By keyurpat (1258303874|%a, %b %e at %I:%M%p)
Real-time Information and the Introduction of Real-time Search
What is real-time information? Simply put, it is the information that internet users are able to share real-time. Some of the most popular types of real-time information come in the form of Twitter messages or Facebook status messages. With real-time search, the latest news and updates can all be conveyed in a matter or seconds. Therefore, the introduction of real-time search (the search for this type of information) has changed the competitive landscape of the search industry. After all, what’s the point of waiting for the daily newspaper when you can almost effortlessly find it all online using real-time search?
Yahoo and OneRiot
Sharing Information Real-time
Online growth has rendered users with dozens of sites where they can share real-time information. Just take a look at this graph that outlines the most popular methods of sharing for users:
As you can see, the real-time giants, Facebook and Twitter, make up 30% of shared information…all real-time. There are many ways that users can share information, but the introduction of real-time search will only give Yahoo more options.
The OneRiot Real-time Search Engine
OneRiot is a real-time search engine that indexes links shared on Twitter, Digg and other social networking sites. The engine offers the option of searching for both web links and video links. Users can then sort the results by either pulse or real-time. This real-time search engine is also one of the most heavily funded real-time search engines, which is demonstrated by the convenient, easy-to-use interface.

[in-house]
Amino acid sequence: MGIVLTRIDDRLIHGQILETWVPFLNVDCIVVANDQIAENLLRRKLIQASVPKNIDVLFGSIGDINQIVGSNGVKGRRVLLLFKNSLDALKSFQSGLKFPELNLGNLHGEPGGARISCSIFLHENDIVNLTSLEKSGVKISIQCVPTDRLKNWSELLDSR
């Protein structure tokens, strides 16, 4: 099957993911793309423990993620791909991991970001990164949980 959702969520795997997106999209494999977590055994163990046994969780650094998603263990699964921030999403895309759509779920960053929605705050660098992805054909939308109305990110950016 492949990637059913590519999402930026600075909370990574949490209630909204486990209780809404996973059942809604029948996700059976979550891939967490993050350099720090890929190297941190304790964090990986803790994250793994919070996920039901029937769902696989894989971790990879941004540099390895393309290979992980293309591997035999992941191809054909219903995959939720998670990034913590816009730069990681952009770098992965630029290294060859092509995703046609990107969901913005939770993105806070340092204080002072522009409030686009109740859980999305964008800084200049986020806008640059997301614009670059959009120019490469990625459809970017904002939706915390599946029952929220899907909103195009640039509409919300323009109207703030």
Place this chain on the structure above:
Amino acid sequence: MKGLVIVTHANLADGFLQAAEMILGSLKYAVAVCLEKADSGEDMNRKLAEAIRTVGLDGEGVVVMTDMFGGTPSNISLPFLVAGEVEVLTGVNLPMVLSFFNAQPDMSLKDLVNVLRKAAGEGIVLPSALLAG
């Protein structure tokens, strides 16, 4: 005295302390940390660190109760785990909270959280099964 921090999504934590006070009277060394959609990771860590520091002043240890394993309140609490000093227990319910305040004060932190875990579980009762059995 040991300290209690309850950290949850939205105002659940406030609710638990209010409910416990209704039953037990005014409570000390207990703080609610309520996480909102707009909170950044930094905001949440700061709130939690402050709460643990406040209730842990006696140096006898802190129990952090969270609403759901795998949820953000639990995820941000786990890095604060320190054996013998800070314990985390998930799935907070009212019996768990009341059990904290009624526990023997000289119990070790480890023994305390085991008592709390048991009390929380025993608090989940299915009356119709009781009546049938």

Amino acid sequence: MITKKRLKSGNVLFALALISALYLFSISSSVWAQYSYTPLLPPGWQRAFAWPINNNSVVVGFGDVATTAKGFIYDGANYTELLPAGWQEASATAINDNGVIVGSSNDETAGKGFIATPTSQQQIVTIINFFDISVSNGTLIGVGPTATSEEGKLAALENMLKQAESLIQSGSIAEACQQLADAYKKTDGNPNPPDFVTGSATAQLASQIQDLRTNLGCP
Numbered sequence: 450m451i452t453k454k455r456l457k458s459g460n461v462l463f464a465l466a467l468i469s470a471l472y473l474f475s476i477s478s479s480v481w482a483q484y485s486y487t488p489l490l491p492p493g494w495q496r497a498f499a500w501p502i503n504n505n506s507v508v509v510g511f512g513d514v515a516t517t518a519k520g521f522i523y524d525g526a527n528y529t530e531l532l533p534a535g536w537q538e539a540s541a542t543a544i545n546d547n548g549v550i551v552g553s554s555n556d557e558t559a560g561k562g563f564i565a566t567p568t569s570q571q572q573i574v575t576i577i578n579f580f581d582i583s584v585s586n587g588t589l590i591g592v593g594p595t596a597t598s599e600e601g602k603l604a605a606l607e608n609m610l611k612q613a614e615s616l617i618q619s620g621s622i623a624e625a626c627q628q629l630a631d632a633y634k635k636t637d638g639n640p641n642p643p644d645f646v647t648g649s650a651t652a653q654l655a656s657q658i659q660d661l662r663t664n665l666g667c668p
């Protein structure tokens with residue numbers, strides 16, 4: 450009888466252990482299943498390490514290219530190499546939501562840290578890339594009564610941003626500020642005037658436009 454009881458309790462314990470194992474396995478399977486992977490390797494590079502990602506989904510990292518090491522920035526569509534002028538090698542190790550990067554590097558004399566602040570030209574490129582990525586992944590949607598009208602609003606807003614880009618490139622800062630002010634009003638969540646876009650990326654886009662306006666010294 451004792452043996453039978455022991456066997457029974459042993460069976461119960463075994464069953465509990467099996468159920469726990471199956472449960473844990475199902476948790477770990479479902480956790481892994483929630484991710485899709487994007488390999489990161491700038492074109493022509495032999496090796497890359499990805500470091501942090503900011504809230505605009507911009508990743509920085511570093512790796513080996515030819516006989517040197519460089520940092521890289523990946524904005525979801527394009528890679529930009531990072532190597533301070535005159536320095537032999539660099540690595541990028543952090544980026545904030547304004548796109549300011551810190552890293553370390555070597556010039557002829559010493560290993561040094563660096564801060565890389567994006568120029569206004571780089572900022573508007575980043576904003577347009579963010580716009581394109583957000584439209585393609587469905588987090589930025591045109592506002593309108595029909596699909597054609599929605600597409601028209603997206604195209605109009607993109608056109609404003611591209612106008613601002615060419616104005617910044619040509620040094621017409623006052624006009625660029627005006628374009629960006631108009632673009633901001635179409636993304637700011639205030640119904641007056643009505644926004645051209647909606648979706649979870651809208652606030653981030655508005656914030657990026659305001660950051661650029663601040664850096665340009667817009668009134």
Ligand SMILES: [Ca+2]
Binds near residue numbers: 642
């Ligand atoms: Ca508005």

Yahoo and its Experiment
Yahoo’s partnering with OneRiot will allow the popular search engine to experiment with real-time information in its search results.
According to a statement, Yahoo explains the initiative as a “test configured to discover if showing such content is useful” and says that depending on the response it will later determine whether to include real-time results for all users. It comes as announcements by both Google and Microsoft last month that they would index real-time Tweets in their search engines.
Although I think a move like this would greatly impact Yahoo’s search engine, it will be difficult to determine how useful this type of information would be for individual users. According to Wall Street Journals', Jessica E. Vascellaro:
“Yahoo said the real-time shortcuts will only appear on certain search queries and that the company is still weighing whether to integrate the results across its user base,” so if you are looking for George Washington, you should not have to read about “dead president” Halloween costumes on Digg.
I think that Yahoo’s decision to explore the possibilities of real-time search will greatly help the Bing-Yahoo alliance against Google. Sharing information has become a commonplace online and the major search engines need to adapt in order to remain competitive moving forward. However, I think that Yahoo will have to exploit this real-time information to find the most useful information for its users. Unfortunately, a majority of real-time search results are irrelevant and I think Yahoo has to work hard to overcome this limitation. It’s clear that real-time search could produce valuable information, particularly in the form of news, but I guess we’ll see how Yahoo and Google decide to integrate it into their search engines.